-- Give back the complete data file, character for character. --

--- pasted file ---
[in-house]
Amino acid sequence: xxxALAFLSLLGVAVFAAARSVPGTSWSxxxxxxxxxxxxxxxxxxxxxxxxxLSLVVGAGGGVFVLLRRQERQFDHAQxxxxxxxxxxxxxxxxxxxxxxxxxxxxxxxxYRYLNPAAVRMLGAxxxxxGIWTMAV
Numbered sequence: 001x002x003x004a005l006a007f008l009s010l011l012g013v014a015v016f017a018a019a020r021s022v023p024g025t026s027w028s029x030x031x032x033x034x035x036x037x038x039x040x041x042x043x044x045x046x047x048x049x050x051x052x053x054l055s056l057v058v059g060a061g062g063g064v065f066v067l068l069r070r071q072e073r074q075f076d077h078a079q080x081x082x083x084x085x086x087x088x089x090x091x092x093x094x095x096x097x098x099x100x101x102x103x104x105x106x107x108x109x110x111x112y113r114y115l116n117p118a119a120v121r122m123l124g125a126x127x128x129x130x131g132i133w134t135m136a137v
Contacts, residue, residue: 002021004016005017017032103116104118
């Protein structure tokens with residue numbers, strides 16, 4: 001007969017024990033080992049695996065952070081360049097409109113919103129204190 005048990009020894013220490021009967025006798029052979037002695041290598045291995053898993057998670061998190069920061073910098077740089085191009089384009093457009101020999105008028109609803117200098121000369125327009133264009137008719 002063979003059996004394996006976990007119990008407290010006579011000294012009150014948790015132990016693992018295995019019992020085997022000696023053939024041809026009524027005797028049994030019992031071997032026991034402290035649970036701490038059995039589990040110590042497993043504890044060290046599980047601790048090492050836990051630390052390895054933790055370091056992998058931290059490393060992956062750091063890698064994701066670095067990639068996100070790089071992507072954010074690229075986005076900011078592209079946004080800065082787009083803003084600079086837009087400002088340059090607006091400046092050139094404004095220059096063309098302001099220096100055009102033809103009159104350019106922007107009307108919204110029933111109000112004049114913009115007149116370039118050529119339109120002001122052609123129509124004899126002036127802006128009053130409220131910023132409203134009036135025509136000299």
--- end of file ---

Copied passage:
[in-house]
Amino acid sequence: xxxALAFLSLLGVAVFAAARSVPGTSWSxxxxxxxxxxxxxxxxxxxxxxxxxLSLVVGAGGGVFVLLRRQERQFDHAQxxxxxxxxxxxxxxxxxxxxxxxxxxxxxxxxYRYLNPAAVRMLGAxxxxxGIWTMAV
Numbered sequence: 001x002x003x004a005l006a007f008l009s010l011l012g013v014a015v016f017a018a019a020r021s022v023p024g025t026s027w028s029x030x031x032x033x034x035x036x037x038x039x040x041x042x043x044x045x046x047x048x049x050x051x052x053x054l055s056l057v058v059g060a061g062g063g064v065f066v067l068l069r070r071q072e073r074q075f076d077h078a079q080x081x082x083x084x085x086x087x088x089x090x091x092x093x094x095x096x097x098x099x100x101x102x103x104x105x106x107x108x109x110x111x112y113r114y115l116n117p118a119a120v121r122m123l124g125a126x127x128x129x130x131g132i133w134t135m136a137v
Contacts, residue, residue: 002021004016005017017032103116104118
């Protein structure tokens with residue numbers, strides 16, 4: 001007969017024990033080992049695996065952070081360049097409109113919103129204190 005048990009020894013220490021009967025006798029052979037002695041290598045291995053898993057998670061998190069920061073910098077740089085191009089384009093457009101020999105008028109609803117200098121000369125327009133264009137008719 002063979003059996004394996006976990007119990008407290010006579011000294012009150014948790015132990016693992018295995019019992020085997022000696023053939024041809026009524027005797028049994030019992031071997032026991034402290035649970036701490038059995039589990040110590042497993043504890044060290046599980047601790048090492050836990051630390052390895054933790055370091056992998058931290059490393060992956062750091063890698064994701066670095067990639068996100070790089071992507072954010074690229075986005076900011078592209079946004080800065082787009083803003084600079086837009087400002088340059090607006091400046092050139094404004095220059096063309098302001099220096100055009102033809103009159104350019106922007107009307108919204110029933111109000112004049114913009115007149116370039118050529119339109120002001122052609123129509124004899126002036127802006128009053130409220131910023132409203134009036135025509136000299």